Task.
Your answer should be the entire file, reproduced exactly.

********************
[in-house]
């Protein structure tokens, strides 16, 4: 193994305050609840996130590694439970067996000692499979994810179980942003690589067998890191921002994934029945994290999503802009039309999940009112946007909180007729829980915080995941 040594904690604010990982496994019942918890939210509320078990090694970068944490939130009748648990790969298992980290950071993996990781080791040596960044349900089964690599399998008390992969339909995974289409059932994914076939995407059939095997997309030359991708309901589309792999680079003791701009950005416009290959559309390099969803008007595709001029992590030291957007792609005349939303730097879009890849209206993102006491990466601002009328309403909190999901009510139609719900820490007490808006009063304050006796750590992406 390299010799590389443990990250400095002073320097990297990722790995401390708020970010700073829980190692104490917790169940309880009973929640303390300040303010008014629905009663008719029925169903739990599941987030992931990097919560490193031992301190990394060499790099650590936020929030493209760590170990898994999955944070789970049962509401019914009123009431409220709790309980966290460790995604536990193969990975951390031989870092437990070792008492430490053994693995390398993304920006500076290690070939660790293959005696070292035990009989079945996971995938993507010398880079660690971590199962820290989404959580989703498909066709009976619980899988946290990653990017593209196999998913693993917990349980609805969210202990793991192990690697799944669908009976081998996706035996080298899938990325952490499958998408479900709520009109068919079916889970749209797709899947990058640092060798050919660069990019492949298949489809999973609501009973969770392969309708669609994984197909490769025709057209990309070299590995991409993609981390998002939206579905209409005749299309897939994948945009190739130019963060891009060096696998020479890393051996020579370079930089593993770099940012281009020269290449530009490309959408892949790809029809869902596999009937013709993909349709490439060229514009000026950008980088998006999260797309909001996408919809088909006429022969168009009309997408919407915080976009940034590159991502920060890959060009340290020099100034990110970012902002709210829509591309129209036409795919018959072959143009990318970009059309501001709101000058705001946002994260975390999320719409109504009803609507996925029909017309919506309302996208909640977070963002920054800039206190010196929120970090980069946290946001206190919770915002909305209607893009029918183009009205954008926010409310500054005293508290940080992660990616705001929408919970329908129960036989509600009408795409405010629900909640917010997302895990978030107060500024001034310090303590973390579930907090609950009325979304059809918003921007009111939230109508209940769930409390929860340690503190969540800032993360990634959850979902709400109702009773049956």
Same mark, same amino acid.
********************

[in-house]
């Protein structure tokens, strides 16, 4: 193994305050609840996130590694439970067996000692499979994810179980942003690589067998890191921002994934029945994290999503802009039309999940009112946007909180007729829980915080995941 040594904690604010990982496994019942918890939210509320078990090694970068944490939130009748648990790969298992980290950071993996990781080791040596960044349900089964690599399998008390992969339909995974289409059932994914076939995407059939095997997309030359991708309901589309792999680079003791701009950005416009290959559309390099969803008007595709001029992590030291957007792609005349939303730097879009890849209206993102006491990466601002009328309403909190999901009510139609719900820490007490808006009063304050006796750590992406 390299010799590389443990990250400095002073320097990297990722790995401390708020970010700073829980190692104490917790169940309880009973929640303390300040303010008014629905009663008719029925169903739990599941987030992931990097919560490193031992301190990394060499790099650590936020929030493209760590170990898994999955944070789970049962509401019914009123009431409220709790309980966290460790995604536990193969990975951390031989870092437990070792008492430490053994693995390398993304920006500076290690070939660790293959005696070292035990009989079945996971995938993507010398880079660690971590199962820290989404959580989703498909066709009976619980899988946290990653990017593209196999998913693993917990349980609805969210202990793991192990690697799944669908009976081998996706035996080298899938990325952490499958998408479900709520009109068919079916889970749209797709899947990058640092060798050919660069990019492949298949489809999973609501009973969770392969309708669609994984197909490769025709057209990309070299590995991409993609981390998002939206579905209409005749299309897939994948945009190739130019963060891009060096696998020479890393051996020579370079930089593993770099940012281009020269290449530009490309959408892949790809029809869902596999009937013709993909349709490439060229514009000026950008980088998006999260797309909001996408919809088909006429022969168009009309997408919407915080976009940034590159991502920060890959060009340290020099100034990110970012902002709210829509591309129209036409795919018959072959143009990318970009059309501001709101000058705001946002994260975390999320719409109504009803609507996925029909017309919506309302996208909640977070963002920054800039206190010196929120970090980069946290946001206190919770915002909305209607893009029918183009009205954008926010409310500054005293508290940080992660990616705001929408919970329908129960036989509600009408795409405010629900909640917010997302895990978030107060500024001034310090303590973390579930907090609950009325979304059809918003921007009111939230109508209940769930409390929860340690503190969540800032993360990634959850979902709400109702009773049956």
Same mark, same amino acid.